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Schools under attack in southern Thailand

© UNICEF Thailand/2005/ Rodraksa
One of the elementary schools in Yala province which was destroyed by an arson attack in 2004.

By Natthinee Rodraksa

YALA, Thailand, 16 August 2005 – Students returning to Ban School outside this provincial capital after a long summer break were looking forward to their first day back. Instead they were shocked to find that their school had been reduced to a heap of charred ruins by an arson attack.

Nee, an 11-year-old student, remembers that day well: “We were sad and crying over the loss of our school. It was our first day back… but our school was gone.”

Some 4,400 children have lost their schools, text books and school supplies due to arson. Ban School is one of 56 schools that have been damaged or destroyed by arson attacks in Thailand’s five southernmost provinces since renewed violence broke out in early 2004.

Another loss has been the children’s sense of security. Twelve-year-old Sa said he “doesn’t dare” go outside his home after 8 p.m. or walk to school alone in the morning.

Attacks have not been limited to school buildings – some 70 education personnel, including teachers, school administrators and custodial staff, have been assaulted.

Police say that the overall frequency of violence in the southern provinces is on the rise, as approximately 200 people were killed and another 600 people injured as a result of violent incidents during the first six months of 2005.

© UNICEF Thailand/2005/ Rodraksa
Students attend a class in the temporary facility set up after their school was destroyed.

‘I have to leave’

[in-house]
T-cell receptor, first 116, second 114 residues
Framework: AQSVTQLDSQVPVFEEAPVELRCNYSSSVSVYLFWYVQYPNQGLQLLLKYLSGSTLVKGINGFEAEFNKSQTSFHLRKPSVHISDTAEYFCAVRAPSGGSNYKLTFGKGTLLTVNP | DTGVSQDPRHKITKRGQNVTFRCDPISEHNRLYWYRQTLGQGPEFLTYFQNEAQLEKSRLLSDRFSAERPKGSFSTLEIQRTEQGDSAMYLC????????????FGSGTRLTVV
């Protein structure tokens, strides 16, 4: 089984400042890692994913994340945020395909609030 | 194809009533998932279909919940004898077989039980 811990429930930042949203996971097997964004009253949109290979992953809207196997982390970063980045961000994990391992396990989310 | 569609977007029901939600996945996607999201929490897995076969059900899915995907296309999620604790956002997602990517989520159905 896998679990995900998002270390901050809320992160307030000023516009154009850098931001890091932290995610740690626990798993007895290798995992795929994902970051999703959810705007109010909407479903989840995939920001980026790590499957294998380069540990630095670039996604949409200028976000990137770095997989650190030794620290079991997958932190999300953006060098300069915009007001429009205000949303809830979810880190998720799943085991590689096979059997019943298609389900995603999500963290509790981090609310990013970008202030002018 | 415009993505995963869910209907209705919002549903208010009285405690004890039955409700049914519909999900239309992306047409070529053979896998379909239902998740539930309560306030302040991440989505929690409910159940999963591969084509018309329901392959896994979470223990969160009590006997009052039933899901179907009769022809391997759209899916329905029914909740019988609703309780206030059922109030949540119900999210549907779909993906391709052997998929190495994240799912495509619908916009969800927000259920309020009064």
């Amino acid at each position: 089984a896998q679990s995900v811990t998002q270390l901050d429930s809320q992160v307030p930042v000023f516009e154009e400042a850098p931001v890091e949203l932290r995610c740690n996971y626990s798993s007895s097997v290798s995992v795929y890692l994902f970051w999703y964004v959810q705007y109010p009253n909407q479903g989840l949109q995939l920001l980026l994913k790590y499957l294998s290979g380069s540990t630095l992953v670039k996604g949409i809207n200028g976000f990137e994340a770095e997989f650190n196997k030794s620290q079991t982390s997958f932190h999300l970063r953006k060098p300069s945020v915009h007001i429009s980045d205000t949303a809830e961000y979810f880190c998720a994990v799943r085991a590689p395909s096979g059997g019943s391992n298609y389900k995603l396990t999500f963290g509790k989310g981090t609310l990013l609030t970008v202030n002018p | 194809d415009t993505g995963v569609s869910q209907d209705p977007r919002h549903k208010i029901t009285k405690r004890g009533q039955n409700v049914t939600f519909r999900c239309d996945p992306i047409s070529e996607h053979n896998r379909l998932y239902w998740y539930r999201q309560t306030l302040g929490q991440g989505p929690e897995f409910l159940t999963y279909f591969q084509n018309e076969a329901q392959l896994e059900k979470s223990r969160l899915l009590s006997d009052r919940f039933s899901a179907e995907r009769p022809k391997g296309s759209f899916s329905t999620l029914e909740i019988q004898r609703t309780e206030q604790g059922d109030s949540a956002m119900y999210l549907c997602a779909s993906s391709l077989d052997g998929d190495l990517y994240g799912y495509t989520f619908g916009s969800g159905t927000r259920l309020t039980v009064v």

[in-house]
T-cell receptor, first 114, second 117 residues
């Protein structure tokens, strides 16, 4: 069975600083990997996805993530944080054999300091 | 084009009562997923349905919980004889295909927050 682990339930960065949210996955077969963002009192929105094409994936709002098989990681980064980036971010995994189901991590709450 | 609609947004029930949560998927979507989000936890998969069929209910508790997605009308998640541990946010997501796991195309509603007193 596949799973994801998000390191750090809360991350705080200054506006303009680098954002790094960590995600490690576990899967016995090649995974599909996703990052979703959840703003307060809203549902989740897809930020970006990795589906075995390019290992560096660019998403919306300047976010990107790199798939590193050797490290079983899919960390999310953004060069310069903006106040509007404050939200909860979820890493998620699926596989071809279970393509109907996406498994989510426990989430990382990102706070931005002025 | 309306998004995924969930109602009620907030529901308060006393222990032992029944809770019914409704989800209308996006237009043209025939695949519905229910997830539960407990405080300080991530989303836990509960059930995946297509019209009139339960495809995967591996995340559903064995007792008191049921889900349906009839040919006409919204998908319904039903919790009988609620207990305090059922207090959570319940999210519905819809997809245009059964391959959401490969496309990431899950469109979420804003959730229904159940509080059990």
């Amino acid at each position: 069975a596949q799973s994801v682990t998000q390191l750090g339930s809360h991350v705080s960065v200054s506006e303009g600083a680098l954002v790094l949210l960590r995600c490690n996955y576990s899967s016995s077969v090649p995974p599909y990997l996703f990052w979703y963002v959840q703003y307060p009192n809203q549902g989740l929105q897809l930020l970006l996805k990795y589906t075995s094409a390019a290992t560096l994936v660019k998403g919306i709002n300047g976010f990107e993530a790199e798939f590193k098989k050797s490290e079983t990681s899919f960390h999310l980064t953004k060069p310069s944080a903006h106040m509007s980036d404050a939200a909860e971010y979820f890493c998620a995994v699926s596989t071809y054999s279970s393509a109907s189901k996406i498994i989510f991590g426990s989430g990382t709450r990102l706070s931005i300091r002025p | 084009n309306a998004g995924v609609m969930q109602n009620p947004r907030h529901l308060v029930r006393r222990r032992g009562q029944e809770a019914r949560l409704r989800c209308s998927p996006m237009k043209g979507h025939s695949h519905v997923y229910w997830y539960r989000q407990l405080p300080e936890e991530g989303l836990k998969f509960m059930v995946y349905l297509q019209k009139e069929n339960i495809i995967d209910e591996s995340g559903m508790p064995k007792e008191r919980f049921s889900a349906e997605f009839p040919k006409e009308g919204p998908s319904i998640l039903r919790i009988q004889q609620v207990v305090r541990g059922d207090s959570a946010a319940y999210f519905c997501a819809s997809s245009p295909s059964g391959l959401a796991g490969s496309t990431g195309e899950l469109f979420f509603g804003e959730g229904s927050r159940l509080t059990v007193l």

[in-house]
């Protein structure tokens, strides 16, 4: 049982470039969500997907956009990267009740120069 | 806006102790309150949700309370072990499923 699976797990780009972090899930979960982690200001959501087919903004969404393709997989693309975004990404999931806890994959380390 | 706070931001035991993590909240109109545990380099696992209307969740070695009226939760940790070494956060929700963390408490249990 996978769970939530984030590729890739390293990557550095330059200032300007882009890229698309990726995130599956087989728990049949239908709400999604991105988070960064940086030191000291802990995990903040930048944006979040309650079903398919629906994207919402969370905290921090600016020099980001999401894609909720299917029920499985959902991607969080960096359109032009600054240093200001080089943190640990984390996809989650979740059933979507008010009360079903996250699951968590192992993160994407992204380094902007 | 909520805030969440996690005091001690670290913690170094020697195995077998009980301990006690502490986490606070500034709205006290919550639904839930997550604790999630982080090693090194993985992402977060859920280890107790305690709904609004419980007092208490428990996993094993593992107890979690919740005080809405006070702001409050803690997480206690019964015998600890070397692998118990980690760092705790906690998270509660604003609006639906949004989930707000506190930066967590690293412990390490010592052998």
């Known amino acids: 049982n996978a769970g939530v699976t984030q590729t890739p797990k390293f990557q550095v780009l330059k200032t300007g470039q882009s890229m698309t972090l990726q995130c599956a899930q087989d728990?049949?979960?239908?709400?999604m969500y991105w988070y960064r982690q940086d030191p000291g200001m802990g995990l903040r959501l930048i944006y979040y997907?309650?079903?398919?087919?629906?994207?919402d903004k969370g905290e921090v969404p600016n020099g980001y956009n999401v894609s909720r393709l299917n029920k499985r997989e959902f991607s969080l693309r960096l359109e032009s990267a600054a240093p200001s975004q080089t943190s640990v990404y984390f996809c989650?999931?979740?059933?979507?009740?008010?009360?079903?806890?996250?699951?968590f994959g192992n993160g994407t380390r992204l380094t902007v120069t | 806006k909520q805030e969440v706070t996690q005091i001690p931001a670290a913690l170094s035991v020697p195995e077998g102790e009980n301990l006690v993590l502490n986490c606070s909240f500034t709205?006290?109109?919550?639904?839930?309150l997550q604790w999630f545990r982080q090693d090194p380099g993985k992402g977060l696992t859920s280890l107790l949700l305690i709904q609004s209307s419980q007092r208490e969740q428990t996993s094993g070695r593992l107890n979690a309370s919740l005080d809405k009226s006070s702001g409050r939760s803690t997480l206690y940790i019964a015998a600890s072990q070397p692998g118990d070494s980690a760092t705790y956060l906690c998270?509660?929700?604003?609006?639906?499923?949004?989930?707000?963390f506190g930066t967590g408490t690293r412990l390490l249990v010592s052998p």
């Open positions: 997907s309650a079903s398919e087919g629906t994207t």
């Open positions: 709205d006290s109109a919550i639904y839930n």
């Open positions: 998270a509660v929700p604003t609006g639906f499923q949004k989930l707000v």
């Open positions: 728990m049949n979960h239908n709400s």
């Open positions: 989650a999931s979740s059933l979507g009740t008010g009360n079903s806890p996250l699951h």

The Thai government has been erecting temporary school facilities where schools have been badly damaged or destroyed, and has also provided replacement educational materials. UNICEF has supplied football, volleyball, and badminton equipment for 30 of the affected schools to ensure students will continue to have recreational opportunities.

Ban school is now operating from a temporary facility, and a new, permanent schoolhouse will eventually be built to replace the one that was destroyed.

Some schools are being closed early to avoid the need for teachers to travel late in the day or the early evening.  “That means the children are not receiving the opportunity for an education that they should be,” said Somchai, Acting Director of Ban School.

The government has placed many schools under the protection of security forces. Nevertheless, over 3,500 teachers working in the provinces of Yala, Pattani and Narathiwas have expressed a desire to be transferred elsewhere.

“My parents are very concerned about my safety and would like me to move,” says Tip, a science teacher at the Ban School. “As much as I love the children here, I have to leave.”

Nong, one of Tip’s adoring students, understands why her teacher wants to leave but is still begging her to stay. “When Tip leaves, who is going to teach us?”

(Names in this story have been changed.)



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